There are many great organizations doing incredible things to raise awareness, fight human trafficking, and create opportunities for men and women to find freedom. Our World Help team works with partners on the ground who are literally saving and changing people's lives every day. Yet, the truth of the matter is, the magnitude of modern-day slavery demands that all of us should be involved. Can you imagine what kind of impact the combined voices of millions of Christians could have if we all came together to solve this issue? We could end modern-day slavery in our generation.
CP: What are the main factors and causes that drive sex trafficking worldwide? Why is it so hard to put a stop to this practice?
Yeatts: Modern-day slavery is a complex issue, often caused and driven by a blend of interconnected factors. Besides the underlying effect of supply and demand for sex — the State Department estimates that human trafficking is an industry worth $150 billion — factors ranging from famine and homelessness to natural disasters and climate change, forced displacement and war, and even ancestral traditions play a role in promoting human trafficking and slavery. Perhaps a better term for this is cultural slavery; an example of this is in India's Banchara community.
For more than 500 years, girls in India's Banchara community have been expected to support their families economically and sometimes even pay for their brothers' dowries. Their own mothers groom these girls at the age of 12 to enter into the sex industry. For several years now, World Help has been working to help girls from this community by providing a clean-water well and building a church and a rehabilitation home. If these girls can have a choice for a different life, they can find freedom.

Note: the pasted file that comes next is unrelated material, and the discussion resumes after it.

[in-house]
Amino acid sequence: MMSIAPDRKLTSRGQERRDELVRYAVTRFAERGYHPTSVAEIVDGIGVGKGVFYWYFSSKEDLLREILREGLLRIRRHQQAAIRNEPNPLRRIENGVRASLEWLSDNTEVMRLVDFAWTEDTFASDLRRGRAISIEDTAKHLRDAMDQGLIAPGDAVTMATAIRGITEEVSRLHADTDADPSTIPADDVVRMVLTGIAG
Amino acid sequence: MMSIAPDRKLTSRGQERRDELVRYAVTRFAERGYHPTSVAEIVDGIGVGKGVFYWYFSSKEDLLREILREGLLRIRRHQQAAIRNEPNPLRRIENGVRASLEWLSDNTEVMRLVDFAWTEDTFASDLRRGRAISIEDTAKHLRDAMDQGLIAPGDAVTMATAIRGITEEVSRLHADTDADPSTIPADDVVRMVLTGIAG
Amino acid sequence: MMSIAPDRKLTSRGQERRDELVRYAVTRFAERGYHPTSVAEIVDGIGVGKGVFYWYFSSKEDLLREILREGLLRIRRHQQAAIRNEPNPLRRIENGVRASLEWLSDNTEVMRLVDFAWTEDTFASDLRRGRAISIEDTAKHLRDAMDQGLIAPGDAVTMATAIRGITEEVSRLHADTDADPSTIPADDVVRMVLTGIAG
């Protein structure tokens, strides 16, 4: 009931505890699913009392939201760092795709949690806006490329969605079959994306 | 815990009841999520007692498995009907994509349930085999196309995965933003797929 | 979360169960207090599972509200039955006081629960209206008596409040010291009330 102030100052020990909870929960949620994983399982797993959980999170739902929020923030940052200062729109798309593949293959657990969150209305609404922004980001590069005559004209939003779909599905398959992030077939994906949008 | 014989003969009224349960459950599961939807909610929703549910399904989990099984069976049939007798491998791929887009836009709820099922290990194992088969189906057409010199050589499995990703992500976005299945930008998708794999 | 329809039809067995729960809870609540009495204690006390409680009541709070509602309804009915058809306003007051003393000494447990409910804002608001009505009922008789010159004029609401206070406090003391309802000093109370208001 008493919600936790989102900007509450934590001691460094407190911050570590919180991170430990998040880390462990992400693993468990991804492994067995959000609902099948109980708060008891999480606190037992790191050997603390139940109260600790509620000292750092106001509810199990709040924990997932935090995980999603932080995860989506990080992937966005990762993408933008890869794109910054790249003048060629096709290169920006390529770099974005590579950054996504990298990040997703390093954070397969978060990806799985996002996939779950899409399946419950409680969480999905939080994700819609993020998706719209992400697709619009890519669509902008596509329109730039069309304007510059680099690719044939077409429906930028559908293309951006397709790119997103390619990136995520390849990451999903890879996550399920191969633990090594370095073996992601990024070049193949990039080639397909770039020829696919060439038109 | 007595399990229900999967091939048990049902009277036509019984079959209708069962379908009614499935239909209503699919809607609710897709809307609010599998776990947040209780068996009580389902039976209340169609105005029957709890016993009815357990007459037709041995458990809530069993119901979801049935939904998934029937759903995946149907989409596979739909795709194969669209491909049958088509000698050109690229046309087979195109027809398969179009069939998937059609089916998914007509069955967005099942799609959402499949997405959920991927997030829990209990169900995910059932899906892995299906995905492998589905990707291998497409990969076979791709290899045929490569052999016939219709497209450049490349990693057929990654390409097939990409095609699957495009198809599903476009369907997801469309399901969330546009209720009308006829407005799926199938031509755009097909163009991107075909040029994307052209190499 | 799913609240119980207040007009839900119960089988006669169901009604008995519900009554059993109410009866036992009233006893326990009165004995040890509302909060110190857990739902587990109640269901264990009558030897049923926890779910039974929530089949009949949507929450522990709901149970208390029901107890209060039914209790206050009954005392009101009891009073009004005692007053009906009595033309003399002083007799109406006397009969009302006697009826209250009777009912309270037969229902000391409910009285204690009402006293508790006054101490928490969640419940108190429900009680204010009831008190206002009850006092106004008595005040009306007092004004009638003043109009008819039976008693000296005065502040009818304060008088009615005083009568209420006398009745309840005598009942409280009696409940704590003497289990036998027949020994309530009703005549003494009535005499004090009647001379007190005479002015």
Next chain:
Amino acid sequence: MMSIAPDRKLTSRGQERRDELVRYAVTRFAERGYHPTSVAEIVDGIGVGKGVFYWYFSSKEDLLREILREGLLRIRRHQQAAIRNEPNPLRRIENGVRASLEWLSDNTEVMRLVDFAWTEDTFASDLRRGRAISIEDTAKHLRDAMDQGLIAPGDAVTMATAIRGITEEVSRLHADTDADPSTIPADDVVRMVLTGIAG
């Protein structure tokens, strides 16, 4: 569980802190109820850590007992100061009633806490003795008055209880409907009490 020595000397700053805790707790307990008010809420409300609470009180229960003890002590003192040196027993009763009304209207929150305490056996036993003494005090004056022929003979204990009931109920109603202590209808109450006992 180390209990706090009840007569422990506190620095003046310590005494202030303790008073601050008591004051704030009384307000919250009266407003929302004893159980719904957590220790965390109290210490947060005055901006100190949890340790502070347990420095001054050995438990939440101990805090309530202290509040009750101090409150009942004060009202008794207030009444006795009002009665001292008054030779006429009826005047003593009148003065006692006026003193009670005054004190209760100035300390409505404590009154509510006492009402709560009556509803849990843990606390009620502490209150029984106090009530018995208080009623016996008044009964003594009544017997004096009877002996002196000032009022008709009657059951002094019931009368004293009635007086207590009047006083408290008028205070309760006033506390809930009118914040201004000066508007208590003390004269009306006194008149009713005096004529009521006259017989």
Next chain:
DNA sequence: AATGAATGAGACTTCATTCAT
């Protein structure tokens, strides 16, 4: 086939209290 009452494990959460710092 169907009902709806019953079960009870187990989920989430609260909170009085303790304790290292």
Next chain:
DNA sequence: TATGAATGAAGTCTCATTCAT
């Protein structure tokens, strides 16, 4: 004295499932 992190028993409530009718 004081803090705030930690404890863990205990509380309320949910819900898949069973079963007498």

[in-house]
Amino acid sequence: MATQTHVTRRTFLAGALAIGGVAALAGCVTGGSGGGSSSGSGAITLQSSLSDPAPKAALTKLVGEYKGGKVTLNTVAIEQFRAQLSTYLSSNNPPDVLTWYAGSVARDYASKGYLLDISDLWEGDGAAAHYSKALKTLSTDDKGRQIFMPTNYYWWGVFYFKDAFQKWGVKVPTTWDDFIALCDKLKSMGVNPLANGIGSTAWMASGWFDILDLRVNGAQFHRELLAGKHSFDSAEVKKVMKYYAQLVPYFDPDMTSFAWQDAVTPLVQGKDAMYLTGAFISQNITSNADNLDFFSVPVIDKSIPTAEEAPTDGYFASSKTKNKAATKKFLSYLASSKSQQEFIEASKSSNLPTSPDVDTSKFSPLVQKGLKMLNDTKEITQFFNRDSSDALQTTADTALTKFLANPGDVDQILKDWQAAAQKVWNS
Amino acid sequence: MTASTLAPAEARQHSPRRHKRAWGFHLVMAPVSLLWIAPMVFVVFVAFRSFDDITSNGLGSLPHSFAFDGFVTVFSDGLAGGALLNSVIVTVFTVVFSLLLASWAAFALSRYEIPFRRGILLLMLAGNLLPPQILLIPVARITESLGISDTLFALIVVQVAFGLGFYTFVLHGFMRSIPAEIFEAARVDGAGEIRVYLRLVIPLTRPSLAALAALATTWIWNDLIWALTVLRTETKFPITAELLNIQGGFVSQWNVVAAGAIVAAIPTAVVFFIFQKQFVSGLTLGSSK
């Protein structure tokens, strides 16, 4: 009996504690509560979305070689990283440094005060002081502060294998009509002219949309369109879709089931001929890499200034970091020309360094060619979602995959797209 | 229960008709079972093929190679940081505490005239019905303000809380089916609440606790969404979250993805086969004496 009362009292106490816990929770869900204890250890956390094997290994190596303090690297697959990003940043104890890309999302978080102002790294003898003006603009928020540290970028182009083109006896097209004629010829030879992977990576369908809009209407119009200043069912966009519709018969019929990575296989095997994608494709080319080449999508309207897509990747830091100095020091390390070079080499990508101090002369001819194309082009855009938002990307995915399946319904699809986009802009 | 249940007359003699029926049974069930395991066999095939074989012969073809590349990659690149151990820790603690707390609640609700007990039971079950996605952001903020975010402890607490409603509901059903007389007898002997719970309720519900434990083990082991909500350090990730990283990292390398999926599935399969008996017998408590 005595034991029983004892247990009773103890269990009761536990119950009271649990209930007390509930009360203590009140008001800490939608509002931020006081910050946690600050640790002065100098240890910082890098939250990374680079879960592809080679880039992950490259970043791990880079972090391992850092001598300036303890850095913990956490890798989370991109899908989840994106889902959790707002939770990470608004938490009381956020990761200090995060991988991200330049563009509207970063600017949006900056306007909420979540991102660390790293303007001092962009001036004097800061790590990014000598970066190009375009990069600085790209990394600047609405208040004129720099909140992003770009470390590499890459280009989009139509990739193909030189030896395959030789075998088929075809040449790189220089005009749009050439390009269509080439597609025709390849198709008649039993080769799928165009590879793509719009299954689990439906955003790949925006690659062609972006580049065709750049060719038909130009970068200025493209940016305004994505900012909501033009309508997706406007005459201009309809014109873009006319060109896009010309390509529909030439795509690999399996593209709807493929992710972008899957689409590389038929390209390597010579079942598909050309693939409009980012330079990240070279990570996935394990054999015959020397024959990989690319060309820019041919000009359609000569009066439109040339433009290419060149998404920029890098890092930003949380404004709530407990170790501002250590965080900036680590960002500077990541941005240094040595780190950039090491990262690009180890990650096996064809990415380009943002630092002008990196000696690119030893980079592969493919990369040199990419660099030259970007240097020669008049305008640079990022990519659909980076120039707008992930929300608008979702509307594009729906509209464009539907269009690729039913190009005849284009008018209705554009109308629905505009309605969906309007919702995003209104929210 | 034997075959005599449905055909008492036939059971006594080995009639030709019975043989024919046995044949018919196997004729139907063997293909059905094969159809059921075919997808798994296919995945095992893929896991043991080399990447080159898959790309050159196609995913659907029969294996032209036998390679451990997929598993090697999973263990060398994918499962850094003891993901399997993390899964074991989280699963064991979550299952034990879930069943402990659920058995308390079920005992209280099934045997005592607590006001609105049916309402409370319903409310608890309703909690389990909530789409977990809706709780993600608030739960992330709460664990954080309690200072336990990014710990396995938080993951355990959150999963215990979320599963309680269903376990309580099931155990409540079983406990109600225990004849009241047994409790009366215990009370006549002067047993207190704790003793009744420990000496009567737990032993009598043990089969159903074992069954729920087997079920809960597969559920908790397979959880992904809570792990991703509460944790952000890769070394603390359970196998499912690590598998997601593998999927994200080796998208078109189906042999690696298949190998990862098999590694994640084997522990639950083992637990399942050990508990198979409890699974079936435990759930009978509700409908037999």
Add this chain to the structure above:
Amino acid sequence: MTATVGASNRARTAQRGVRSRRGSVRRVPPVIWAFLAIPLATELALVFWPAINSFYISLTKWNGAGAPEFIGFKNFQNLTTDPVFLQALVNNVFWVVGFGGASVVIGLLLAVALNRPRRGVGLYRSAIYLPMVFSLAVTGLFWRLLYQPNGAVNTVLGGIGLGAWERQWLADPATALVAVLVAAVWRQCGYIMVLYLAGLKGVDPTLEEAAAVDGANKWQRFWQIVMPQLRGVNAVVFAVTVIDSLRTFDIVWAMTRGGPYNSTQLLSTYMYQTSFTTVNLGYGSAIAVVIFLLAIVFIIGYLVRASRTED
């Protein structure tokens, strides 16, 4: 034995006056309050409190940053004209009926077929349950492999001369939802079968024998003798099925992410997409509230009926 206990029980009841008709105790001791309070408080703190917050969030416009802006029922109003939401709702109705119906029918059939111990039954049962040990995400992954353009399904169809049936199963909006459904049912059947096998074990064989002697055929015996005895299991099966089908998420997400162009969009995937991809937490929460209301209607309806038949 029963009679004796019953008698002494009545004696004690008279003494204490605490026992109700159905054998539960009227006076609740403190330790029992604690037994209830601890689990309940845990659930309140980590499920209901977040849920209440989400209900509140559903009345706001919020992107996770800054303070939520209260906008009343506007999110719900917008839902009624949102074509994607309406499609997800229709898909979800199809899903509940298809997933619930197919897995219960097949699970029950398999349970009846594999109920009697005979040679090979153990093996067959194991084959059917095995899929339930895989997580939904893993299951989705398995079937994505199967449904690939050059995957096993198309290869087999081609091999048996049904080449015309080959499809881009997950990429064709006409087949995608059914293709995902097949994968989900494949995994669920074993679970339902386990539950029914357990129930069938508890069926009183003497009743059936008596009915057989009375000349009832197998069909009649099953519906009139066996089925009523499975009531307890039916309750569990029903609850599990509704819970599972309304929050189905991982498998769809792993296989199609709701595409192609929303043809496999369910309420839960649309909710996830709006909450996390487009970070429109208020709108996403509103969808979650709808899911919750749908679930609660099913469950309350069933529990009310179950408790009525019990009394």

Putting a stop to human trafficking is hard because it's such a complicated issue, as you can see from the example above. Yet, what I have discovered as I've worked in communities where women are trapped in the sex industry and talked with victims of human trafficking, is that at the heart of almost all modern-day slavery is the issue of poverty. I've said this before, but it's worth saying again: the greatest injustice of poverty is that it robs people of their choices. When vulnerable people, especially women, lose the power to choose, they lose their freedom.
CP: What is World Help doing to fight modern-day slavery, and how can people join and help?
Yeatts: Remember Nan? She finally found her way to one of our safe houses in Bangkok. There, she was welcomed into a family environment and received support and care. She now has dreams for her future and is studying to become an engineer.
At World Help we work to provide help for today and hope for tomorrow. Our safe houses in India and Thailand, clean-water projects, and child sponsorship program all work together to rescue women and children affected by modern-day slavery and help prevent others from ever entering it.
What I have seen is that when we help just one girl, when we set just one girl free, we can end this vicious cycle for generations to come. That means her daughter will not go into this work, and her daughter, and her daughter, and so on. Perhaps the most important thing those interested in ending modern-day slavery need to know is that, in the fight for freedom, prevention is just as important as intervention. We have to concentrate our efforts just as much in liberating those who are captive today, as in preventing those who are vulnerable to exploitation from ever entering into slavery. This is why we are inviting everyone to join us for Freedom Friday May 19, and to learn how he or she can be involved through our programs in fighting for freedom.
Watch the "one-night stand for freedom" video below: